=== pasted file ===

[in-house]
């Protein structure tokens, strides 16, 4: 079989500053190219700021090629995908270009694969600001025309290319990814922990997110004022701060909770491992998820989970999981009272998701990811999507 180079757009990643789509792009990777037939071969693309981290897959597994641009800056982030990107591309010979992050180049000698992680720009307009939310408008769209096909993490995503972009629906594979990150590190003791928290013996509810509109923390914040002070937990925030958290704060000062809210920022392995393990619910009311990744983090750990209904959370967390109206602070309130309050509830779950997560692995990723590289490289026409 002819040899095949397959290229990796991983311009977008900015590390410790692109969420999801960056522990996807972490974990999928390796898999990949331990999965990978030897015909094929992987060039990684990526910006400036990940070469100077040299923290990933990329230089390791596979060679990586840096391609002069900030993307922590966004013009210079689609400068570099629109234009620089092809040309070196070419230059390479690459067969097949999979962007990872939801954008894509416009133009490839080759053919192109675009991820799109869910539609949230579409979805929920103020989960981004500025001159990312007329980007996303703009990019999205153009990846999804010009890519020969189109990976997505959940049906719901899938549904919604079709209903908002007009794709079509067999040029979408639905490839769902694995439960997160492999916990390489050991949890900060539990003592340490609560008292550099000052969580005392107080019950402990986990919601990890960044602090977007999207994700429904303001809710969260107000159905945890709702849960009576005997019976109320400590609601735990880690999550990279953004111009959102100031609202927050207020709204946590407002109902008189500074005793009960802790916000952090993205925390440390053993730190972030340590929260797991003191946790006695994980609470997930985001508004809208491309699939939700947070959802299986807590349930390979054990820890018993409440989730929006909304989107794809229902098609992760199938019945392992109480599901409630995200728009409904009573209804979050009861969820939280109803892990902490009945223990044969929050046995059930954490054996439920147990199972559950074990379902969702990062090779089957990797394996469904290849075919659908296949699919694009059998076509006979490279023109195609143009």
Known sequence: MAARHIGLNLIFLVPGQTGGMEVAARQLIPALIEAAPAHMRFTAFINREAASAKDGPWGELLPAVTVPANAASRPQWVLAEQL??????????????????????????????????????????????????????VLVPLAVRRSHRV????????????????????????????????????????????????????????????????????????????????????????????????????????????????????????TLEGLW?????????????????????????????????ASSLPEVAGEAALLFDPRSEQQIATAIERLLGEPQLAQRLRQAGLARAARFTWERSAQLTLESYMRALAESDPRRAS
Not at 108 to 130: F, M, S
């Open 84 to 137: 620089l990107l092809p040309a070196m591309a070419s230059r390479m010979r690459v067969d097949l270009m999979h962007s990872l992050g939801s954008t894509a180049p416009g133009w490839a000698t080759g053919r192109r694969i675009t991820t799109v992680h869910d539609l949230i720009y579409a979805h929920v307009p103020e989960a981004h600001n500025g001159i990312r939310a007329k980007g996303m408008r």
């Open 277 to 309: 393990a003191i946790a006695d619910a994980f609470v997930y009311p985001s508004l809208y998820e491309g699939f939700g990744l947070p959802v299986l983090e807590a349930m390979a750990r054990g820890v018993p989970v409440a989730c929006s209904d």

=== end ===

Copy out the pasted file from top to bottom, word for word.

[in-house]
């Protein structure tokens, strides 16, 4: 079989500053190219700021090629995908270009694969600001025309290319990814922990997110004022701060909770491992998820989970999981009272998701990811999507 180079757009990643789509792009990777037939071969693309981290897959597994641009800056982030990107591309010979992050180049000698992680720009307009939310408008769209096909993490995503972009629906594979990150590190003791928290013996509810509109923390914040002070937990925030958290704060000062809210920022392995393990619910009311990744983090750990209904959370967390109206602070309130309050509830779950997560692995990723590289490289026409 002819040899095949397959290229990796991983311009977008900015590390410790692109969420999801960056522990996807972490974990999928390796898999990949331990999965990978030897015909094929992987060039990684990526910006400036990940070469100077040299923290990933990329230089390791596979060679990586840096391609002069900030993307922590966004013009210079689609400068570099629109234009620089092809040309070196070419230059390479690459067969097949999979962007990872939801954008894509416009133009490839080759053919192109675009991820799109869910539609949230579409979805929920103020989960981004500025001159990312007329980007996303703009990019999205153009990846999804010009890519020969189109990976997505959940049906719901899938549904919604079709209903908002007009794709079509067999040029979408639905490839769902694995439960997160492999916990390489050991949890900060539990003592340490609560008292550099000052969580005392107080019950402990986990919601990890960044602090977007999207994700429904303001809710969260107000159905945890709702849960009576005997019976109320400590609601735990880690999550990279953004111009959102100031609202927050207020709204946590407002109902008189500074005793009960802790916000952090993205925390440390053993730190972030340590929260797991003191946790006695994980609470997930985001508004809208491309699939939700947070959802299986807590349930390979054990820890018993409440989730929006909304989107794809229902098609992760199938019945392992109480599901409630995200728009409904009573209804979050009861969820939280109803892990902490009945223990044969929050046995059930954490054996439920147990199972559950074990379902969702990062090779089957990797394996469904290849075919659908296949699919694009059998076509006979490279023109195609143009």
Known sequence: MAARHIGLNLIFLVPGQTGGMEVAARQLIPALIEAAPAHMRFTAFINREAASAKDGPWGELLPAVTVPANAASRPQWVLAEQL??????????????????????????????????????????????????????VLVPLAVRRSHRV????????????????????????????????????????????????????????????????????????????????????????????????????????????????????????TLEGLW?????????????????????????????????ASSLPEVAGEAALLFDPRSEQQIATAIERLLGEPQLAQRLRQAGLARAARFTWERSAQLTLESYMRALAESDPRRAS
Not at 108 to 130: F, M, S
């Open 84 to 137: 620089l990107l092809p040309a070196m591309a070419s230059r390479m010979r690459v067969d097949l270009m999979h962007s990872l992050g939801s954008t894509a180049p416009g133009w490839a000698t080759g053919r192109r694969i675009t991820t799109v992680h869910d539609l949230i720009y579409a979805h929920v307009p103020e989960a981004h600001n500025g001159i990312r939310a007329k980007g996303m408008r």
């Open 277 to 309: 393990a003191i946790a006695d619910a994980f609470v997930y009311p985001s508004l809208y998820e491309g699939f939700g990744l947070p959802v299986l983090e807590a349930m390979a750990r054990g820890v018993p989970v409440a989730c929006s209904d």